A Zimbabwean white farmer Richard Seager is reportedly seeking President Emmerson Mnangagwa's government to assist him get back his 609 hectare farm that was seized from him in 2007 by an indigenous farmer.
According to the privately-owned Standard newspaper, Seager claimed in a letter to Mashonaland East Provincial Minister of State David Musabayana and Lands minister Perrance Shiri that his farm in Wedza, was "fraudulently and violently" taken away from him.
"Having heard the new government's mandate and witnessing the reinstatement of several white farmers, this has prompted me to make this application seeing how fair, just and committed the government is with this exercise. "
Seager's move came a few weeks after another white Zimbabwean farmer Robert Smart got his Lesbury farm - about 200km east of the capital, Harare - back.
Smart had been evicted by gun-wielding police and a mob associated with the ruling Zanu-PF party in June 2017.
Smart, however, returned to a hero's welcome in December after the government facilitated for him to get his farm back, with the president's adviser Chris Musvangwa saying that he had been a of racial discrimination, greed and abuse of power.
This was after former president Robert Mugabe resigned after the military and ruling party turned against him amid fears that his wife was positioning herself to take power.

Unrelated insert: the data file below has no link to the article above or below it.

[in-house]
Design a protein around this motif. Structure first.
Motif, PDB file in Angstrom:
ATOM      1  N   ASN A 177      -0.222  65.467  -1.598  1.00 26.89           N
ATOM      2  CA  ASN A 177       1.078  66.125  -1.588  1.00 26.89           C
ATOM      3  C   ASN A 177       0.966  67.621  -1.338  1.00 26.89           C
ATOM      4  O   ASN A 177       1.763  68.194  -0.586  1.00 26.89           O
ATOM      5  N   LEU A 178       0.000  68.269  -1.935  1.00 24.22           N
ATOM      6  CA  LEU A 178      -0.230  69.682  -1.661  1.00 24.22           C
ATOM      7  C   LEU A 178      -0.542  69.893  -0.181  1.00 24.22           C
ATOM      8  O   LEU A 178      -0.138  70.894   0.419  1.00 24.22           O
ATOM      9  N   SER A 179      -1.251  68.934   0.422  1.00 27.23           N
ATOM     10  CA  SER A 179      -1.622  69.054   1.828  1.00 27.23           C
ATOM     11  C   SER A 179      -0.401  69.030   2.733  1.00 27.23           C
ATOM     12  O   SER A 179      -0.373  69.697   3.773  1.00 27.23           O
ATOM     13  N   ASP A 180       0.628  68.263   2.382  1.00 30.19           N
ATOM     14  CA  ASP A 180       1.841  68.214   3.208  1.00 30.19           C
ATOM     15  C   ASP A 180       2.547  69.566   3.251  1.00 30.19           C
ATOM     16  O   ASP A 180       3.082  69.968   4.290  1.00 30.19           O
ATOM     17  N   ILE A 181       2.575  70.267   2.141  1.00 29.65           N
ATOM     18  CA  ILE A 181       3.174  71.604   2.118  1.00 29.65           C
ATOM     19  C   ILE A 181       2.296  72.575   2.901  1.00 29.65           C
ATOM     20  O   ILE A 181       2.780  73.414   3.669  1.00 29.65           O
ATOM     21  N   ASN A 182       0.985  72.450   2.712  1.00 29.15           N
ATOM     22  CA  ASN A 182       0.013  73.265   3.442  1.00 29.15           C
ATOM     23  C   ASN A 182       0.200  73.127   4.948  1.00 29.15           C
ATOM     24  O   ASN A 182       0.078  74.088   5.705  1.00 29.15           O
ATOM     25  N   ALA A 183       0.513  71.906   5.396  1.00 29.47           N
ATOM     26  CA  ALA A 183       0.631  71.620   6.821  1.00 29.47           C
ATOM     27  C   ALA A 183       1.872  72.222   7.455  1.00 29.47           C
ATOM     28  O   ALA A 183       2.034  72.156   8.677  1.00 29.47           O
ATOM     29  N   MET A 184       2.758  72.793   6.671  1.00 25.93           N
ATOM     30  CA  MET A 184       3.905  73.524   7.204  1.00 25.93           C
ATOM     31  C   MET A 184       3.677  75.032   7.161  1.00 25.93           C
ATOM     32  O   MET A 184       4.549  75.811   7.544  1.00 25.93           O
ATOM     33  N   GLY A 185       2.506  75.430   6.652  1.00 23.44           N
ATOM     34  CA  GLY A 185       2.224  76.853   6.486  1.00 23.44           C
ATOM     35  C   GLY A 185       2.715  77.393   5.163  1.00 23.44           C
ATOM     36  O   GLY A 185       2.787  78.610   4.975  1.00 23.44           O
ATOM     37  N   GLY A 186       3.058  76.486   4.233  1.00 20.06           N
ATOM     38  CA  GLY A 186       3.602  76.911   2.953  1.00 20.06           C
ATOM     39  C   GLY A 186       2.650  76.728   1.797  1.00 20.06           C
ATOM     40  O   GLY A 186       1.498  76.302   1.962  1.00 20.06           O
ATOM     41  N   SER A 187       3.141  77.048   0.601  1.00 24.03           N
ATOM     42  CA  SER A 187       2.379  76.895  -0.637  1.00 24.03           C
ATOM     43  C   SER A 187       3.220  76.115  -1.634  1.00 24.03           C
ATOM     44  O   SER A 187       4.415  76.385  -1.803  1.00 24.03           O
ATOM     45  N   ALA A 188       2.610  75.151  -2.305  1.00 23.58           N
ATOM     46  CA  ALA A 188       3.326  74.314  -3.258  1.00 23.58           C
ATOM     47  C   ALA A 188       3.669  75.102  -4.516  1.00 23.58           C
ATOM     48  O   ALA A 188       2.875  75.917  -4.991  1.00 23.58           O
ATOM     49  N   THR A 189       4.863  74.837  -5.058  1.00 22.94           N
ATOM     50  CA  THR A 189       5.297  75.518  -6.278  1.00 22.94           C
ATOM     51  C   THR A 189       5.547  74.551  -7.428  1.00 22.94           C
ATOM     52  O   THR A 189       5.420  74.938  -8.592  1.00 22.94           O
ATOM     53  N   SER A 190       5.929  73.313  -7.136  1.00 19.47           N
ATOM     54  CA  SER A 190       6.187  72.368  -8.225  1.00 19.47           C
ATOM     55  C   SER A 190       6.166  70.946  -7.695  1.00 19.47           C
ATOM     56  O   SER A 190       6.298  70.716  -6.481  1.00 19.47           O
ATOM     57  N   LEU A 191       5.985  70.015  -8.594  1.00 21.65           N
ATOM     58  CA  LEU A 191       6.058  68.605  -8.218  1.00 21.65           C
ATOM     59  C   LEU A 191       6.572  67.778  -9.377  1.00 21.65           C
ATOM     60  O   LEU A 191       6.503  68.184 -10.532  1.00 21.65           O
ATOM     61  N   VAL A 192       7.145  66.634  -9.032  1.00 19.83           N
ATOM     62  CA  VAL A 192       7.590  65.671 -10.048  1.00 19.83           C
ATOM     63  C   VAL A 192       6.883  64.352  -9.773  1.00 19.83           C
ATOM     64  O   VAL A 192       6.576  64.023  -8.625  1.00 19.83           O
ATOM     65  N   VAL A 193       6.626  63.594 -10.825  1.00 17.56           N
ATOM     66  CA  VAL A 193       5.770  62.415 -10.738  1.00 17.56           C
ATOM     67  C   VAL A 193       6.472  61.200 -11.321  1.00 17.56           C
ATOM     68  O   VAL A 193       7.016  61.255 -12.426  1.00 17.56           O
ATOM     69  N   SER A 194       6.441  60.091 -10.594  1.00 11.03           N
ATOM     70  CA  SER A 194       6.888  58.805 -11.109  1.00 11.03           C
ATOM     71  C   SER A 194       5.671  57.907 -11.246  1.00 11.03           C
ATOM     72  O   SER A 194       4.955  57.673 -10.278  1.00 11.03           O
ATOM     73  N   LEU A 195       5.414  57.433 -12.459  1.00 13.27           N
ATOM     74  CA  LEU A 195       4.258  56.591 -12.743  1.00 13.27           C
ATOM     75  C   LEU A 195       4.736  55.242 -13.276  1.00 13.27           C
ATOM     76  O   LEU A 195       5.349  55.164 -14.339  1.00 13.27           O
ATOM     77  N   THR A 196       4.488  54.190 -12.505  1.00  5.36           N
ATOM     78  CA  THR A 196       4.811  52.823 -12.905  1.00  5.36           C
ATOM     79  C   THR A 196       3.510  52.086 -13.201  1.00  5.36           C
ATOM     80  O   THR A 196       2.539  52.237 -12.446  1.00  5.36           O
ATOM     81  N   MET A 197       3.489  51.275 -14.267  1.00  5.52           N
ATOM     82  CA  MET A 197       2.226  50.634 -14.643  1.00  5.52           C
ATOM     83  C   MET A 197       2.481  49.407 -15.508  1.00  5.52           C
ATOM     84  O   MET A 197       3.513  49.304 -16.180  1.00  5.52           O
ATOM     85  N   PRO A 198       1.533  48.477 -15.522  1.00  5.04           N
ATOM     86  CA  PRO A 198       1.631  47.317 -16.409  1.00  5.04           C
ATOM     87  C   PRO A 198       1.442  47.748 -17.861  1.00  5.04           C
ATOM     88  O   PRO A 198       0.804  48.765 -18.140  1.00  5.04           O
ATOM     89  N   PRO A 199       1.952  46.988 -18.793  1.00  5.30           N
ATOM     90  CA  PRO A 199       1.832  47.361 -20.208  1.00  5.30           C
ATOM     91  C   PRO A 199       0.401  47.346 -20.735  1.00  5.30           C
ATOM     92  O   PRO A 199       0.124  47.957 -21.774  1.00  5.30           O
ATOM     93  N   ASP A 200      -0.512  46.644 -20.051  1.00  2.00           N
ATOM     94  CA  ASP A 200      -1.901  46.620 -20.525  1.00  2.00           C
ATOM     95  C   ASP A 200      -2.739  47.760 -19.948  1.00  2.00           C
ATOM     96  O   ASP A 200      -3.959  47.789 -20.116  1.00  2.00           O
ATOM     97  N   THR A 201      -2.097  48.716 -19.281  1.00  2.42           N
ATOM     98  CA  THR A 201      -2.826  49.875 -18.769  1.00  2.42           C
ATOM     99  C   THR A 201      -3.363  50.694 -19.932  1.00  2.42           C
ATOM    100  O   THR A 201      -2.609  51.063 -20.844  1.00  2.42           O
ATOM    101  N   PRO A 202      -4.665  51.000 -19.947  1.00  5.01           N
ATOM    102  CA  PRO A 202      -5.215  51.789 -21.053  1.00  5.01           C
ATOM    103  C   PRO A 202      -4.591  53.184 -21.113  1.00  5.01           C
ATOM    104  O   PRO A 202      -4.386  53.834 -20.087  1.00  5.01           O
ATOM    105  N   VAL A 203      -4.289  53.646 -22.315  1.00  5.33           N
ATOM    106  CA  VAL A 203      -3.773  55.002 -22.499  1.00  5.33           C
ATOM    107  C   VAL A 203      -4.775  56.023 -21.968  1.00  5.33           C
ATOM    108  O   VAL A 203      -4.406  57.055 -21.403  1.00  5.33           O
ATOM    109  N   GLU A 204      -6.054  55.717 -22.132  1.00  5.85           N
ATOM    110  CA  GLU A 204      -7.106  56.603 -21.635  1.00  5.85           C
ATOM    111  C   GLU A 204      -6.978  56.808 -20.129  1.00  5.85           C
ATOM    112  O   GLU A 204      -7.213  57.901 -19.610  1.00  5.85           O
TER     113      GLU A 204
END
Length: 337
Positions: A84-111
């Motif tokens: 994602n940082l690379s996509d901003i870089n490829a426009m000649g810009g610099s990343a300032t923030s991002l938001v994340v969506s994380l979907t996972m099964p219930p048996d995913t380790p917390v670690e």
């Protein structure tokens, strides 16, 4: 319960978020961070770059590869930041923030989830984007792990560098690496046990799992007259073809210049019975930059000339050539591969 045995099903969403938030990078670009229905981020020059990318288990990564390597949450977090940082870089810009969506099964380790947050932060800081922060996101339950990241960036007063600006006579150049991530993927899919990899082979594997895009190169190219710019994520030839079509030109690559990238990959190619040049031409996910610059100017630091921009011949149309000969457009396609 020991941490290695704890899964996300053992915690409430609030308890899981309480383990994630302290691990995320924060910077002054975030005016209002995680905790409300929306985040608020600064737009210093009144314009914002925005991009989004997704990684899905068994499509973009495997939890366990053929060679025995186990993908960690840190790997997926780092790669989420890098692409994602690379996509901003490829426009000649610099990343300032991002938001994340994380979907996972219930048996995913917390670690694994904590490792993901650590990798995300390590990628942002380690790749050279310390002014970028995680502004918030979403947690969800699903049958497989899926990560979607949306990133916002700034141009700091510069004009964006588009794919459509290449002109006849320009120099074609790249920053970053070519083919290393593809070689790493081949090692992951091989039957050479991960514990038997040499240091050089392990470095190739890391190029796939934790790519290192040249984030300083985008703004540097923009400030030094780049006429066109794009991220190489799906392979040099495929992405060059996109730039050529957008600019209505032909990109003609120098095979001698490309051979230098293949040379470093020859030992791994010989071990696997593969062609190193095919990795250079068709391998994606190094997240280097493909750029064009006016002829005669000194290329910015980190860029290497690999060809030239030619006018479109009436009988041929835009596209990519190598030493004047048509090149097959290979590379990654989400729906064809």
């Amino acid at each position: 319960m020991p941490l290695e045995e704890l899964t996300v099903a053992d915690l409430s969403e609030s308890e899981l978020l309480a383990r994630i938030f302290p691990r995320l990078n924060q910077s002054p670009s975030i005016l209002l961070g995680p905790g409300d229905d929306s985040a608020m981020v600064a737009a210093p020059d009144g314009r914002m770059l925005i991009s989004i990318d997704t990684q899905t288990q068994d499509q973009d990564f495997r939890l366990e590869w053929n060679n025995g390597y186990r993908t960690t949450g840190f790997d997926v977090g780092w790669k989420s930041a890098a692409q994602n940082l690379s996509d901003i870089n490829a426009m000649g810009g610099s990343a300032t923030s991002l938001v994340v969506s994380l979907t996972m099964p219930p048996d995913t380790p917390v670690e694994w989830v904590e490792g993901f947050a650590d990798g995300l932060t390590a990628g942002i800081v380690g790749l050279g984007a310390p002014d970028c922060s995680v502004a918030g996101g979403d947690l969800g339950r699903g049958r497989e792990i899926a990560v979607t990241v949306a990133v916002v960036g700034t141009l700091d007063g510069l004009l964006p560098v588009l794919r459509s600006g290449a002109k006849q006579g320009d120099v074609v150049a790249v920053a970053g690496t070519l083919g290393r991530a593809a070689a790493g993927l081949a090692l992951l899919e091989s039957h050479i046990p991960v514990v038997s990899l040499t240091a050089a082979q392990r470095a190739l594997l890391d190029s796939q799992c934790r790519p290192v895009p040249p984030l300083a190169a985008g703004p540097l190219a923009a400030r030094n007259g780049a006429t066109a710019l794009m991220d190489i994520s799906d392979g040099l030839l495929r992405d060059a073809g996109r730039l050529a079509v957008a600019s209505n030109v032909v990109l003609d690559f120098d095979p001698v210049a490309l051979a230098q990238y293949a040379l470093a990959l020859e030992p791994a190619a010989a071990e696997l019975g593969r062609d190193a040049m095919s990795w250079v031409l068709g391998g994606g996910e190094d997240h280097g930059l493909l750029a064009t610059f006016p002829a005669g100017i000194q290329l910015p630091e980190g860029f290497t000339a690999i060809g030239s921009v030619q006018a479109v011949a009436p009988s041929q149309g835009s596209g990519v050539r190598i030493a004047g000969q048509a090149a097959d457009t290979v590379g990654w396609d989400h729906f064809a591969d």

The development was a sign that President Emmerson Mnangagwa was charting a path away from predecessor on an issue that had hastened the country's international isolation.
Mnangagwa has promised to undo some land reforms as he sought to revive the once-prosperous economy.
Ruling Zanu-PF party supporters, led by veterans of the 1970s war against white minority rule, evicted many of Zimbabwe's white farmers under an often violent land reform programme led by Mugabe in 2000.
Whites make up less than 1% of the southern African country's population, but they owned huge tracts of land while blacks remained in largely unproductive areas.
The evictions were meant to address colonial land ownership imbalances skewed against blacks, Mugabe said. Some in the international community responded with outrage and sanctions.
Of the roughly 4 500 white farmers before the land reforms began, only a few hundred were left.